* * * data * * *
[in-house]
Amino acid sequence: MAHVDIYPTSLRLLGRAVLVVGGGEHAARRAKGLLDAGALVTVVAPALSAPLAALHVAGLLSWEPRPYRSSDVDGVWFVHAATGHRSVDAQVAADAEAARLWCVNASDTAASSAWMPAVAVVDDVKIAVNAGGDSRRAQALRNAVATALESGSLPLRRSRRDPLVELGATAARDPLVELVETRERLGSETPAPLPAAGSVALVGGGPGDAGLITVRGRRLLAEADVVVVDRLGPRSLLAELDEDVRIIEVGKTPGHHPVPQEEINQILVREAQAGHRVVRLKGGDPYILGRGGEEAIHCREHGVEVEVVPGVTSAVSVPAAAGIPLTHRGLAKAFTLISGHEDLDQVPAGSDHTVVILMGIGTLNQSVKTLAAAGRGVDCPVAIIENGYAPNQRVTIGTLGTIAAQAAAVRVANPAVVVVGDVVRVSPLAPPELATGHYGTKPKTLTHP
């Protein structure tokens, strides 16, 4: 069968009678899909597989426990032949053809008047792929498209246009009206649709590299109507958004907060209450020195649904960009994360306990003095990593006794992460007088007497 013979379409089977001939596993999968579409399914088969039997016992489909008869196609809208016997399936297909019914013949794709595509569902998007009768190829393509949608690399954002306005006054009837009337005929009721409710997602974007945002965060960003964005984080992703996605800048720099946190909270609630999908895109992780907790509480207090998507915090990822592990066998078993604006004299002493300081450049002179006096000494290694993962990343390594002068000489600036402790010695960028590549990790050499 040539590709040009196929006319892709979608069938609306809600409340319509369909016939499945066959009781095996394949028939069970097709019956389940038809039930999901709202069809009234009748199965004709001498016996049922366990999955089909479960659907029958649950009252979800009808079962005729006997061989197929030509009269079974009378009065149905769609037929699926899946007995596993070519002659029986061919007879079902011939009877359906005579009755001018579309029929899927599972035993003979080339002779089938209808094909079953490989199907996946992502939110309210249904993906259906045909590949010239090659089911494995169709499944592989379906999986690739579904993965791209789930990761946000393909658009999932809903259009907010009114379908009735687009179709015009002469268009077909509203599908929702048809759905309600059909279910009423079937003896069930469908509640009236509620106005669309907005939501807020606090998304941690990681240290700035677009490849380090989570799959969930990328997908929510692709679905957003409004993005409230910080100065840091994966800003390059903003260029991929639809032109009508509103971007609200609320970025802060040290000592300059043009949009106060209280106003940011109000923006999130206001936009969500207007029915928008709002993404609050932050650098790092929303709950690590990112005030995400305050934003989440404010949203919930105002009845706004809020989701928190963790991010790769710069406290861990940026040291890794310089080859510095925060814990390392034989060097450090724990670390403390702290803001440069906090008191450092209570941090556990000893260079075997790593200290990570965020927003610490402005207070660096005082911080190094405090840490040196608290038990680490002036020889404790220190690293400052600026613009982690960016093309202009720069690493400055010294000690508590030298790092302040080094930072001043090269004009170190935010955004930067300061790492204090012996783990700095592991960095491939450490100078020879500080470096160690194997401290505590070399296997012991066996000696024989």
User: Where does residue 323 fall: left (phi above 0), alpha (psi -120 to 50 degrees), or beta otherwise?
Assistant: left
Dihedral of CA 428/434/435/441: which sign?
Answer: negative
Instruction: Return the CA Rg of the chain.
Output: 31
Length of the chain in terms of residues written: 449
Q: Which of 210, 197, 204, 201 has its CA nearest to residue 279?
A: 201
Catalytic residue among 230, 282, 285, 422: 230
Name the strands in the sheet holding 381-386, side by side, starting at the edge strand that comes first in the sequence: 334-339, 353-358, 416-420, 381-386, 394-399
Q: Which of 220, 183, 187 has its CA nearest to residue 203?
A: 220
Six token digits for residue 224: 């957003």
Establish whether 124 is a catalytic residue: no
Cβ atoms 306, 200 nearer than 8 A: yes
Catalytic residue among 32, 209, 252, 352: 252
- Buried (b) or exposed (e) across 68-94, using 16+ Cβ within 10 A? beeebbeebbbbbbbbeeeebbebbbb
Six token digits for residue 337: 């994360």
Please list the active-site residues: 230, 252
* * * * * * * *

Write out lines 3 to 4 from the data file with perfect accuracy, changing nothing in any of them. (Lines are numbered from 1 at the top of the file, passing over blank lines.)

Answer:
């Protein structure tokens, strides 16, 4: 069968009678899909597989426990032949053809008047792929498209246009009206649709590299109507958004907060209450020195649904960009994360306990003095990593006794992460007088007497 013979379409089977001939596993999968579409399914088969039997016992489909008869196609809208016997399936297909019914013949794709595509569902998007009768190829393509949608690399954002306005006054009837009337005929009721409710997602974007945002965060960003964005984080992703996605800048720099946190909270609630999908895109992780907790509480207090998507915090990822592990066998078993604006004299002493300081450049002179006096000494290694993962990343390594002068000489600036402790010695960028590549990790050499 040539590709040009196929006319892709979608069938609306809600409340319509369909016939499945066959009781095996394949028939069970097709019956389940038809039930999901709202069809009234009748199965004709001498016996049922366990999955089909479960659907029958649950009252979800009808079962005729006997061989197929030509009269079974009378009065149905769609037929699926899946007995596993070519002659029986061919007879079902011939009877359906005579009755001018579309029929899927599972035993003979080339002779089938209808094909079953490989199907996946992502939110309210249904993906259906045909590949010239090659089911494995169709499944592989379906999986690739579904993965791209789930990761946000393909658009999932809903259009907010009114379908009735687009179709015009002469268009077909509203599908929702048809759905309600059909279910009423079937003896069930469908509640009236509620106005669309907005939501807020606090998304941690990681240290700035677009490849380090989570799959969930990328997908929510692709679905957003409004993005409230910080100065840091994966800003390059903003260029991929639809032109009508509103971007609200609320970025802060040290000592300059043009949009106060209280106003940011109000923006999130206001936009969500207007029915928008709002993404609050932050650098790092929303709950690590990112005030995400305050934003989440404010949203919930105002009845706004809020989701928190963790991010790769710069406290861990940026040291890794310089080859510095925060814990390392034989060097450090724990670390403390702290803001440069906090008191450092209570941090556990000893260079075997790593200290990570965020927003610490402005207070660096005082911080190094405090840490040196608290038990680490002036020889404790220190690293400052600026613009982690960016093309202009720069690493400055010294000690508590030298790092302040080094930072001043090269004009170190935010955004930067300061790492204090012996783990700095592991960095491939450490100078020879500080470096160690194997401290505590070399296997012991066996000696024989």
User: Where does residue 323 fall: left (phi above 0), alpha (psi -120 to 50 degrees), or beta otherwise?